Being Christian

“The natural person does not accept the things of the Spirit of God, for they are folly to him, and he is not able to understand them because they are spiritually discerned” (1 Corinthians 2:14)

Mahatma Ghandi once said, “I like your Christ, but I do not like your Christians. Your Christians are not like your Christ”. When I first heard this quote, I was intrigued as to why Ghandi might have said this. What is it he doesn’t understand? The point the Apostle Paul is making in 1 Corinthians 2:14 is that non-Christians will never understand the message of the cross because it’s only the Holy Spirit that allows humans to comprehend its message.

Though Ghandi’s quote clearly lacks of a true understanding of what it is to be Christian, it does give pause for us as Christians to consider our witness to an unbelieving world. I think perhaps what he meant by his quote was that he sees no distinction between those who call themselves Christian and those who aren’t. Unfortunately, many have bought into the cultural definition of Christianity; a definition that has no expectation that a changed life follows a changed heart, a definition that fails to recognize that Jesus’ dealing with sin on the cross wasn’t so we would remain in it, a definition that expects God’s standards to conform to ours instead of ours to His. This definition not only falls short of the biblical one, it’s not even Christian.

On the other hand, it shouldn’t surprise us when non-Christians fail to understand or accept what it is to be Christian. They can’t. They may have their own misperceptions of what it means. They might even call it religion. Christianity has never been about the perfect Christian, but instead about trusting in the perfect Savior who made a perfect sacrifice for sin, Jesus. It’s about His faithfulness, not ours.

There will always be a disconnect between Christians and non-Christians. So don’t be shocked when you find the non-Christians comments to be antagonistic and their criticism great. We must minister as Paul urged Timothy when he wrote telling him to “not be quarrelsome but kind to everyone, able to teach, patiently enduring evil, correcting opponents with gentleness that God may perhaps grant them repentance leading to knowledge of the truth…” (2 Timothy 2:24-25). This may be a hard course, but it’s the right course. It doesn’t mean you deny biblical authority, compromise your beliefs or tolerate ungodliness. It simply means that you live out who God calls you to be, share the good news of Jesus Christ and rely on the Holy Spirit for the rest.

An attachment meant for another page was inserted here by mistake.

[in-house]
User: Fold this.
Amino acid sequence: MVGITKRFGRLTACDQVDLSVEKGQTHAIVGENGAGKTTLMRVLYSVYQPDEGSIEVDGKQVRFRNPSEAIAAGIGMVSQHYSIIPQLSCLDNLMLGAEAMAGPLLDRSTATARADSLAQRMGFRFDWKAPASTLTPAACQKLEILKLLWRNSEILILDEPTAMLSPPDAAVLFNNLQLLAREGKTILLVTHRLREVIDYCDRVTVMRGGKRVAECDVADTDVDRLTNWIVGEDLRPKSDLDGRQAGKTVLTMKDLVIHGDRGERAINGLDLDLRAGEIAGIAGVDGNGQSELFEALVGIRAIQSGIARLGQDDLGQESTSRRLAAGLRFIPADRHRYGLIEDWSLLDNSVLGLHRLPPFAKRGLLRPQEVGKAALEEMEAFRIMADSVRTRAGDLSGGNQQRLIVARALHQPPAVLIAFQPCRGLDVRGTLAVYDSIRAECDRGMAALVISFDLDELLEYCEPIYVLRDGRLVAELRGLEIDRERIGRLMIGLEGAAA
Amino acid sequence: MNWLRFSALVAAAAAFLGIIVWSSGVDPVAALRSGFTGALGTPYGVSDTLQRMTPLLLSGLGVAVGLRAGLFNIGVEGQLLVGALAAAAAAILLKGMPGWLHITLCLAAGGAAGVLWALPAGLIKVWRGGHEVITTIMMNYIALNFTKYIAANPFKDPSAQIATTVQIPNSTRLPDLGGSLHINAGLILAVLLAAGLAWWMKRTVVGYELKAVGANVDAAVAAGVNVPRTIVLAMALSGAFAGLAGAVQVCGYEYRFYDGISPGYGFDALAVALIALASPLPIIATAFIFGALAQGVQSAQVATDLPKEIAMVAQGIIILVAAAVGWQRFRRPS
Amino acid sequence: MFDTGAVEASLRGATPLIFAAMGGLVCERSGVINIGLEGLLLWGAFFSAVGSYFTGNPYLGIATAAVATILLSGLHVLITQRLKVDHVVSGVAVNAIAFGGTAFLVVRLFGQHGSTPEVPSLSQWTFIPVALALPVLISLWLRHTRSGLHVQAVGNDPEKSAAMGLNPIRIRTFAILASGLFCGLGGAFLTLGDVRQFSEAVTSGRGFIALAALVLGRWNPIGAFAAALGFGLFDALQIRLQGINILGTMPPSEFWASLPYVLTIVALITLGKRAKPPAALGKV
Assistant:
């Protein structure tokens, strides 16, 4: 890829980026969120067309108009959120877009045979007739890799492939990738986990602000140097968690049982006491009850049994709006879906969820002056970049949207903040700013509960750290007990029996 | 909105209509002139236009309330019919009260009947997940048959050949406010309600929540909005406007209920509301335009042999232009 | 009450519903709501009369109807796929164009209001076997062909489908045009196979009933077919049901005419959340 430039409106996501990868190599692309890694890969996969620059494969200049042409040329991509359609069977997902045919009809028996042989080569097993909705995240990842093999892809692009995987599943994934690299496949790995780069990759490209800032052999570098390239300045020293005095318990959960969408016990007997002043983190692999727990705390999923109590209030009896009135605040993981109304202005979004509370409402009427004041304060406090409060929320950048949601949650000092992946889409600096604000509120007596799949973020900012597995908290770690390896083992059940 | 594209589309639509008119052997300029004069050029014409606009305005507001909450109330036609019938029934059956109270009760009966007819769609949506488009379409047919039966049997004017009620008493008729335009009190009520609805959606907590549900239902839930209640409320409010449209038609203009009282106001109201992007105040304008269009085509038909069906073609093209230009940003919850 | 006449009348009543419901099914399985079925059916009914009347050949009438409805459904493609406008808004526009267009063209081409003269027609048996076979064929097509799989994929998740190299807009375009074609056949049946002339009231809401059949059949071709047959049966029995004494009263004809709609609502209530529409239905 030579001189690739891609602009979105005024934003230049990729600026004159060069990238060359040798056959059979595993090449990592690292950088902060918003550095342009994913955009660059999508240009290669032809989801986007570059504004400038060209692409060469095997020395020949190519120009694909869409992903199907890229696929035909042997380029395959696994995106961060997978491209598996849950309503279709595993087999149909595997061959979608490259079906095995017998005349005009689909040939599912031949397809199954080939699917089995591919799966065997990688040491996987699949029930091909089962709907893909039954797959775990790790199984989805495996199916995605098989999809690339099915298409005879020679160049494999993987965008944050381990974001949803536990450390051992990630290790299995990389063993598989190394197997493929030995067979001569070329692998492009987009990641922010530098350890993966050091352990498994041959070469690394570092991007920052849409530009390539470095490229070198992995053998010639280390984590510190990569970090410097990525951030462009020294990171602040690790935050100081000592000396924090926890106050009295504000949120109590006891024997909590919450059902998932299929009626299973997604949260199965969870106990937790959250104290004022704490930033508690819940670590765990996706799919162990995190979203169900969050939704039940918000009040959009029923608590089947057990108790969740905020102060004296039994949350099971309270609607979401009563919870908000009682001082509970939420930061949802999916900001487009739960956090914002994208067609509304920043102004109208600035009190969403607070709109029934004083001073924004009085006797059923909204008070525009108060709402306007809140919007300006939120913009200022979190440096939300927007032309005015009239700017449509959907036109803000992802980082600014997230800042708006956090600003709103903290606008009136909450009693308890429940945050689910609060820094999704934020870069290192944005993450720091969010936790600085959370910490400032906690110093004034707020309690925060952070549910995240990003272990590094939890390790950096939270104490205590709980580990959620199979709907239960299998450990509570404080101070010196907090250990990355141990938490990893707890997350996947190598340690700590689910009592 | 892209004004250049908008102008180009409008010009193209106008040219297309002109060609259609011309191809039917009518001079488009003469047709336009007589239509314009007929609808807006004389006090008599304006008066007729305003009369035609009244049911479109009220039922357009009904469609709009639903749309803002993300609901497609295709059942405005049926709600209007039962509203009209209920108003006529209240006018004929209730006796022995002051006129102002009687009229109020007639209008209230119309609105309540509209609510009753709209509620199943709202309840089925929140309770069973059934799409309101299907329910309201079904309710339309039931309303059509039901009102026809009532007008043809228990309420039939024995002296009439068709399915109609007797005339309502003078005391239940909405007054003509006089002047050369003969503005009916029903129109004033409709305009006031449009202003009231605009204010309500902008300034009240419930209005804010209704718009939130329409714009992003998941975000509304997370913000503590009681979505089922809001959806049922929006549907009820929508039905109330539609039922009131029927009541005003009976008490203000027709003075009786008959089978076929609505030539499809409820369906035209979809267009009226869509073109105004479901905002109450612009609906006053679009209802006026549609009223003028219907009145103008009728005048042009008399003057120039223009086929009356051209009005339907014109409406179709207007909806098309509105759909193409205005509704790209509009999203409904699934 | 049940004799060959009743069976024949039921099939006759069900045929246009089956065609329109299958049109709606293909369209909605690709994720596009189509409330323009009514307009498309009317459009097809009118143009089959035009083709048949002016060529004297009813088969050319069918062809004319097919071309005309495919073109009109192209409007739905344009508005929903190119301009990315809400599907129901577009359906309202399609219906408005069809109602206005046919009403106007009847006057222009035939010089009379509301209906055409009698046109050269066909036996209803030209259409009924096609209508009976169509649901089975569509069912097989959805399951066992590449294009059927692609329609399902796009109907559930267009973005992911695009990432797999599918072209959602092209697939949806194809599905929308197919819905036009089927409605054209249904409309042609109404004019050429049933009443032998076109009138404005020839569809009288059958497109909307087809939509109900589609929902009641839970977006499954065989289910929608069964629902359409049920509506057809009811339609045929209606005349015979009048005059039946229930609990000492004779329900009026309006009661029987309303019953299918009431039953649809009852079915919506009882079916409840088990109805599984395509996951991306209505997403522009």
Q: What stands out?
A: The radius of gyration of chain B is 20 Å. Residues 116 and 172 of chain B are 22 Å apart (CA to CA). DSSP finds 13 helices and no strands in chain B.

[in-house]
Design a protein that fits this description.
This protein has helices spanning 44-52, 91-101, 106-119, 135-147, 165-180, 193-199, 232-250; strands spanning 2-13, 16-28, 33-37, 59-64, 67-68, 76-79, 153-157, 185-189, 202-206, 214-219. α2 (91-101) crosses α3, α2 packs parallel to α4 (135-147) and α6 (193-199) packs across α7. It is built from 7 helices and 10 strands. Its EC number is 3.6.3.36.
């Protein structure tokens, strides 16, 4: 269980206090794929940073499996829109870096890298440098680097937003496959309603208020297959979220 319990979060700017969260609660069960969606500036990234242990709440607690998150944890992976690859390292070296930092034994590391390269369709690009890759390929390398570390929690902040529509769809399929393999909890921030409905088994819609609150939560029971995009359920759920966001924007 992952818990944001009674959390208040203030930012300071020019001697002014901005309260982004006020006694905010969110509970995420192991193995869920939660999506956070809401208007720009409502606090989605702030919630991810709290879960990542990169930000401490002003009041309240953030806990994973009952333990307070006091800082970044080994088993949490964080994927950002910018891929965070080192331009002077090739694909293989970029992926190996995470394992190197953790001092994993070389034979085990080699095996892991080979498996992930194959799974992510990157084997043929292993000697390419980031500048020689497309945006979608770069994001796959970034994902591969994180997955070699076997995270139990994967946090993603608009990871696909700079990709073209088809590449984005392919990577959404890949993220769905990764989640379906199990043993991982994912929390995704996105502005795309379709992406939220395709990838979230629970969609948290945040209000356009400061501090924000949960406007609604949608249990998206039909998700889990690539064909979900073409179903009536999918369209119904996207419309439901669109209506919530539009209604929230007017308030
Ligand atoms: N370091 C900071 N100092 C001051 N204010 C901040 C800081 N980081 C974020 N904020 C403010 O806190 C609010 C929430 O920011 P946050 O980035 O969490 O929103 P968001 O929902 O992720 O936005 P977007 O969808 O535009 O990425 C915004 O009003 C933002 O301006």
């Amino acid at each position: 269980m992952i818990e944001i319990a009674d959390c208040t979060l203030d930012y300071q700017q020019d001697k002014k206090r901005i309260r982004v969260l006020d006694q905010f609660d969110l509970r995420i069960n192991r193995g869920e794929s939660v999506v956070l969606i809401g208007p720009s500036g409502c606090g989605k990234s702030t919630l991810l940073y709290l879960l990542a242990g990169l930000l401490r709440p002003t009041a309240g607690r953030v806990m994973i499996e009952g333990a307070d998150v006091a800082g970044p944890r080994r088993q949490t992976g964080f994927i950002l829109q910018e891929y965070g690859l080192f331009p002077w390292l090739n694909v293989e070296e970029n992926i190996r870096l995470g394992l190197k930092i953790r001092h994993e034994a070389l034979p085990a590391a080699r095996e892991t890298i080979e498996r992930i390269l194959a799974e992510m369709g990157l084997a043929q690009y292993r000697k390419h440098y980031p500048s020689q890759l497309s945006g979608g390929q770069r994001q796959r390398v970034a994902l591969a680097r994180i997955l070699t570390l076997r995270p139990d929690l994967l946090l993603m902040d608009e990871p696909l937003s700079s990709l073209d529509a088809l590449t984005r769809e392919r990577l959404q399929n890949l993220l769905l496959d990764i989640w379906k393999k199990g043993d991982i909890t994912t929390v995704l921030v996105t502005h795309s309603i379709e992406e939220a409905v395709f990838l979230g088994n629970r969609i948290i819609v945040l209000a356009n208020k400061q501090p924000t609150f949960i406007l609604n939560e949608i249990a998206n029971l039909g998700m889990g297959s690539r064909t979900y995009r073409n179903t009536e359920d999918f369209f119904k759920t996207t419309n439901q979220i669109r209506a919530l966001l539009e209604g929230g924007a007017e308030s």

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About Sin

“For all have sinned and fall short of the glory of God” (Romans 3:23)

The fact that we are all sinners is clearly taught in Scripture. Speaking to both Jews and Gentiles, Paul spent the first two and a half chapters making the case that all have sinned and fallen short of God’s glory. Known as the Apostle Paul’s most theological letter, Romans spells out the whole of the gospel more than any other letter. It’s not an accident that in doing so, he began with sin.

There are two dangerous attitudes toward sin that we need to be cautioned against. The first is the attitude that shrugs off sin with words like, “I’m just a sinner; God knows that”. While we are sinners, and yes, God does know that, our attitude toward sin matters. God has commanded us to “be holy, for I am holy!” (1 Peter 1:16). A casual attitude toward sin never brings glory to God. A second dangerous attitude toward sin is an attitude that believes we are incapable of great sin. It is often manifested by judging someone else by saying something like, “I can’t believe what they did. I would never do that.” Be careful, we all have a sin nature and are capable of great sin. If you believe you’re not, you’ll be less likely to guard against it. The Christian life requires discipline. We must train ourselves for godliness (1 Timothy 4:7).

I once heard a sermon where a pastor in preaching to prospective pastors in seminary training said that if in their preaching they do not confront their congregation about sin, it not only brings into question their love for their congregation, but also their love for God. When your pastor confronts you with your sin, be grateful. He’s preaching the Bible. However, also know that the natural extension of confronting you with your sin is for him to tell you of its cure, Jesus Christ. It has been said that “the first act of faith is to believe what God says about sin”. It’s true. And what brings people to saving faith is what God did about it. He gave His Son to pay sin’s penalty. Have you placed your faith in that truth? Jesus really did pay it all. He paid it willingly, perfectly and for all time. After such a display of love, how could we be so casual about what Christ came to cure?